Sunday, June 25, 2017

Ruthless, Soulless, Vicious: Three Reasons the Senate GOP's ACA Replacement Is a Disgrace

Senate Majority Leader Mitch McConnell departs a closed-door meeting on Capitol Hill, in Washington, DC, June 22, 2017. Senate Republicans took a major step Thursday toward repealing and replacing the Affordable Care Act, unveiling a bill that would make deep cuts to Medicaid and leave possibly millions of people without health insurance. (Photo: Doug Mills / The New York Times)
"The Better Care Reconciliation Act is a genuinely cruel piece of work that will deliver millions of people to the gutter or the grave... Medicaid itself will essentially cease to exist after 2025."
 By William Rivers Pitt, Truthout 
The Senate's answer to the House bill to repeal the Affordable Care Act -- cheerily titled "The Better Care Reconciliation Act of 2017" -- hit my desk like a bag of dung late Thursday morning. As I read through its largely inscrutable text, I started flashing back to junior high school and the first time I tried to read Shakespeare in the raw. Take, for one example, this nugget from p. 74, sec. 1903A, lines 18-24: "1903A ENROLLEE. -- The term '1903A enrollee' means, with respect to a State and a month and subject to subsection (i)(1)(B), any Medicaid enrollee (as defined in paragraph (3)) for the month, other than such an enrollee who for such month is in any of the following categories of excluded individuals …"
Clear as mud, Mr. McConnell. After a couple of false starts, I found my groove and with slowly dawning horror realized I was reading one of the most ruthless, soulless, vicious documents ever put to print. While not as bloodthirsty as the House version it seeks to correct, the Better Care Reconciliation Act is a genuinely cruel piece of work that will deliver millions of people to the gutter or the grave.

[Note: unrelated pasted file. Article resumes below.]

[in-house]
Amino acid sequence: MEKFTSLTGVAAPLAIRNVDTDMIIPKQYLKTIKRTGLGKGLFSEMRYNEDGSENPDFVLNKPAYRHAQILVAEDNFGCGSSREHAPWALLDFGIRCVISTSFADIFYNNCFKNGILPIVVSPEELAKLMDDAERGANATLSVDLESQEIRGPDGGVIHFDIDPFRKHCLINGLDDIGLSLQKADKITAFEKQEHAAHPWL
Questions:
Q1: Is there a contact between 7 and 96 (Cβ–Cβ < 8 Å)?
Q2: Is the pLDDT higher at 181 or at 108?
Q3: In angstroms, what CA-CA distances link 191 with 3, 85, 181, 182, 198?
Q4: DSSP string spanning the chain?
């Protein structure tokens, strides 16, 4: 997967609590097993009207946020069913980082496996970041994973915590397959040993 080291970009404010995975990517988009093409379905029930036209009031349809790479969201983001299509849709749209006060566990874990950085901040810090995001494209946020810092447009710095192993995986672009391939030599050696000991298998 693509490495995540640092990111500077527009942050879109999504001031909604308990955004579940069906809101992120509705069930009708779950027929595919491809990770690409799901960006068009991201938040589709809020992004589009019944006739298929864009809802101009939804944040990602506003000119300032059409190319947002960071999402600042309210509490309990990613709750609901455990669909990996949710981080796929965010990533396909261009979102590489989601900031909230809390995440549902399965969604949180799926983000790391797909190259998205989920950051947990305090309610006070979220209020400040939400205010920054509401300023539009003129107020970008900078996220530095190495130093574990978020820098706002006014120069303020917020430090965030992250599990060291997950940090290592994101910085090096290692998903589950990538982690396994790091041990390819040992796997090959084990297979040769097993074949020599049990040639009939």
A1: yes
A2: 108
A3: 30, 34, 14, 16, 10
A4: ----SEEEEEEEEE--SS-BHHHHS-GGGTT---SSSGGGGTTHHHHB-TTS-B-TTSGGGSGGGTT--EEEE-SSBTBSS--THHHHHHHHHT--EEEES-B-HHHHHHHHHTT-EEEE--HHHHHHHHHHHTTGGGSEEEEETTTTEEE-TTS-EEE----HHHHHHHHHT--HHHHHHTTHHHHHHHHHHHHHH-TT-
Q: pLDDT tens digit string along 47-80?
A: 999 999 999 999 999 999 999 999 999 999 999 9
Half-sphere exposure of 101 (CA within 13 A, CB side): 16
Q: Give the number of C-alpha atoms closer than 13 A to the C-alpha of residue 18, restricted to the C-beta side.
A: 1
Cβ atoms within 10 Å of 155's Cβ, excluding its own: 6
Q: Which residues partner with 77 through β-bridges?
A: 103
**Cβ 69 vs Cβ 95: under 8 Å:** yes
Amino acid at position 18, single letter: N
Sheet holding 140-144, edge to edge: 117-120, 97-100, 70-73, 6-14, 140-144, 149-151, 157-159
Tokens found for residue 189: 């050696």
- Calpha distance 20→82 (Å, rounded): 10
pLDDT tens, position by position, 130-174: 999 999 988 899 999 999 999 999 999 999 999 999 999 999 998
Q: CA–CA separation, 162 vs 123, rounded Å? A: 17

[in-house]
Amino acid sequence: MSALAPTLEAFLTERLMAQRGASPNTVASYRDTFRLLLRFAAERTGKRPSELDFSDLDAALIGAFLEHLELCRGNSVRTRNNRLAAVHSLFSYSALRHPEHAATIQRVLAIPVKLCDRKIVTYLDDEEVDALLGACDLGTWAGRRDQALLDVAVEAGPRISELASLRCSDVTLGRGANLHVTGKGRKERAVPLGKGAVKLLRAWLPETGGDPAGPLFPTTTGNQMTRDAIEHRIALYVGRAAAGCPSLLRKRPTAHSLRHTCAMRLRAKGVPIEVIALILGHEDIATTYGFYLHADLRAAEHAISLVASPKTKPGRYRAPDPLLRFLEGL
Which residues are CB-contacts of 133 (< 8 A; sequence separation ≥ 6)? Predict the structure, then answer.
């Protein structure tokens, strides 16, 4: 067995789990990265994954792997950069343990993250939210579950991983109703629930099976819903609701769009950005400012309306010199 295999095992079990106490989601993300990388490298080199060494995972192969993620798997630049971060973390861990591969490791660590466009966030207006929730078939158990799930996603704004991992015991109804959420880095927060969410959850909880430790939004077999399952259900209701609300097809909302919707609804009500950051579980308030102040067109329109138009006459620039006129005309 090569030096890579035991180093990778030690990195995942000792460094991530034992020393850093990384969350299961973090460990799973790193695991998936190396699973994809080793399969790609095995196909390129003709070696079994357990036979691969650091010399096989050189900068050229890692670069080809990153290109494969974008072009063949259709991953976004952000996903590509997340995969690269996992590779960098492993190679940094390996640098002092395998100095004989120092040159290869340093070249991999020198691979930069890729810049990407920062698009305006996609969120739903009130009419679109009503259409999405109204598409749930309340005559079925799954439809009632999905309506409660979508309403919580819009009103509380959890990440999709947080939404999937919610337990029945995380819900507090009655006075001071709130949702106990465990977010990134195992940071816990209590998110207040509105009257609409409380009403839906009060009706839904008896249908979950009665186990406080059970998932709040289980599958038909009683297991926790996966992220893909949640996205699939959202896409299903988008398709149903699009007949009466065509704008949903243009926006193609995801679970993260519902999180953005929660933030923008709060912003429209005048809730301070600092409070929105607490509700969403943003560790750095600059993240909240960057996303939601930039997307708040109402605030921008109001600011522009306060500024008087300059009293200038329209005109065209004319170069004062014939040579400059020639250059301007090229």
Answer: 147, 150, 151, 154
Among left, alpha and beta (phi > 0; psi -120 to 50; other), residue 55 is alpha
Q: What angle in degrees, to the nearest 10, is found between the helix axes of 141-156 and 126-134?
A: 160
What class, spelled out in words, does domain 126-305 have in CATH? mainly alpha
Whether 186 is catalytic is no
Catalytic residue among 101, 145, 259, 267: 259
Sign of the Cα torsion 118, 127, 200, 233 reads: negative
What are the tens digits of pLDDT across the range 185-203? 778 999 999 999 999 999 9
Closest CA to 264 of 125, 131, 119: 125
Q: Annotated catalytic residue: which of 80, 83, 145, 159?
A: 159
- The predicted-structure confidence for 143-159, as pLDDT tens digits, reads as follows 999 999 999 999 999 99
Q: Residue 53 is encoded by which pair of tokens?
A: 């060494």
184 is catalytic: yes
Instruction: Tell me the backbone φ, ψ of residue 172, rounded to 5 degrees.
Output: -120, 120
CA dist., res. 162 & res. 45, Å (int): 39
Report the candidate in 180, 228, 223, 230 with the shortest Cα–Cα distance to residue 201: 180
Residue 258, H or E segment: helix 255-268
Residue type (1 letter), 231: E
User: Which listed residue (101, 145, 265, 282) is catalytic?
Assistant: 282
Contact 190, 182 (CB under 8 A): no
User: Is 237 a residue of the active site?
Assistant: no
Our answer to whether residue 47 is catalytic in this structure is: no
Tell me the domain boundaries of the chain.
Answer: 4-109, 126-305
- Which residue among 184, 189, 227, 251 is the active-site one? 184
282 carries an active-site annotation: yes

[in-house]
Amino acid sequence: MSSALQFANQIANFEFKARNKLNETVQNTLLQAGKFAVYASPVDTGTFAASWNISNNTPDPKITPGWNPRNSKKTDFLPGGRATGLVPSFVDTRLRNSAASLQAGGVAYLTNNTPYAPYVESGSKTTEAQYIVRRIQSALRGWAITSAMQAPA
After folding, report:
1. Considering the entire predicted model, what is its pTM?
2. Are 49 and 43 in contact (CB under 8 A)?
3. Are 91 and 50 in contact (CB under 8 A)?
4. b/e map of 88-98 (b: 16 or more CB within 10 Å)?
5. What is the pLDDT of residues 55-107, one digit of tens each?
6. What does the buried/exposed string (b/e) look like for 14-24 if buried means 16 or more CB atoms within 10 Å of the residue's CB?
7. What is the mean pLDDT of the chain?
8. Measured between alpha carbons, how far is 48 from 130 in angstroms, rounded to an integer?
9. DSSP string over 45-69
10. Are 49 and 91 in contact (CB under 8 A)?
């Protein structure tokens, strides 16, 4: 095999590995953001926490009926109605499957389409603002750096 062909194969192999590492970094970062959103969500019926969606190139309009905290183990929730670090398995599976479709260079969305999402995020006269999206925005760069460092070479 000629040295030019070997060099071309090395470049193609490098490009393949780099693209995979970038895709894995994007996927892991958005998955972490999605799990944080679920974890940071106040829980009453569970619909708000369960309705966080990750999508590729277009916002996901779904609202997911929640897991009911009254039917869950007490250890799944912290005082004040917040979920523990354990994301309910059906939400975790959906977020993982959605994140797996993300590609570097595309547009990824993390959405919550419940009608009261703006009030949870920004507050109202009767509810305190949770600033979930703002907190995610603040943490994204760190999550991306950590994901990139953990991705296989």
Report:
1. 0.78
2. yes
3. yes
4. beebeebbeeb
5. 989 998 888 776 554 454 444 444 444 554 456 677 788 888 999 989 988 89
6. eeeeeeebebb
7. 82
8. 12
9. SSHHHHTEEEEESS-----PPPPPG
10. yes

1. The Dismantling of Medicaid
Let's start with a baseline: Some 20 percent of Americans are enrolled in Medicaid; 39 percent of children in the US are enrolled in Medicaid; 49 percent of births are covered by Medicaid; and a full 64 percent, or nearly two-thirds of nursing home patients, are covered by Medicaid.
Here's the treatment Medicaid gets in this reconciliation bill: "Beginning with fiscal year 2020, any State (as defined in subsection (e)) that has an application approved by the Secretary under subsection (b) may conduct a Medicaid Flexibility Program to provide targeted health assistance to program enrollees."
And: ''(A) FEDERAL PAYMENT. -- Subject to sub-paragraph (D), the Secretary shall pay to each State conducting a Medicaid Flexibility Program under this section for a fiscal year, from its block grant amount under paragraph (2) for such year, an amount for each quarter of such year equal to the Federal average medical assistance percentage (as defined in section 1903A(a)(4)) of the total amount expended under the program during such quarter, and the State is responsible for the balance of the funds to carry out such program."

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